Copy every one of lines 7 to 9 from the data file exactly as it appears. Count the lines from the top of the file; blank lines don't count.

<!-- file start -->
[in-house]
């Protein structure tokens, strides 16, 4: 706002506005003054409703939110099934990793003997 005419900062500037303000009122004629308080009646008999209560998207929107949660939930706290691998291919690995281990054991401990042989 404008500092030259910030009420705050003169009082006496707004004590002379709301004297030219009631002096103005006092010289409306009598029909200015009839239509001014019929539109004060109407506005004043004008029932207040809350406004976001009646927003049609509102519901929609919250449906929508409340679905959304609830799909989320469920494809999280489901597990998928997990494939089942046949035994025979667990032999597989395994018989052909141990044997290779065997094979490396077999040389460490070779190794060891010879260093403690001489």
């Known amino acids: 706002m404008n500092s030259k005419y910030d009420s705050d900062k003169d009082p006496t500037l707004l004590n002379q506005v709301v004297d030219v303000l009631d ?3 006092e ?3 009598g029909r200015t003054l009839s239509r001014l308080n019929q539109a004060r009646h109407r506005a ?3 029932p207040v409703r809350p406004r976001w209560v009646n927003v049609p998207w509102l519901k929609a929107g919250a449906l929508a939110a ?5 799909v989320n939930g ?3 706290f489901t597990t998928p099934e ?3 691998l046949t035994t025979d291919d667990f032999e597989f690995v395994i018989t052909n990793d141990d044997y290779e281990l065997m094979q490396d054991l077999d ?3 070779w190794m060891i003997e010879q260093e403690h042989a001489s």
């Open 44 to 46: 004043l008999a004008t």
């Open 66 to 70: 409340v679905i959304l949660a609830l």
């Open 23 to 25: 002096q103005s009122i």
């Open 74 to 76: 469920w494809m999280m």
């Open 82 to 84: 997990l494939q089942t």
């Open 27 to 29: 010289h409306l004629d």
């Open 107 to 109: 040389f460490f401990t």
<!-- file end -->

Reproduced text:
């Open 74 to 76: 469920w494809m999280m």
């Open 82 to 84: 997990l494939q089942t």
């Open 27 to 29: 010289h409306l004629d």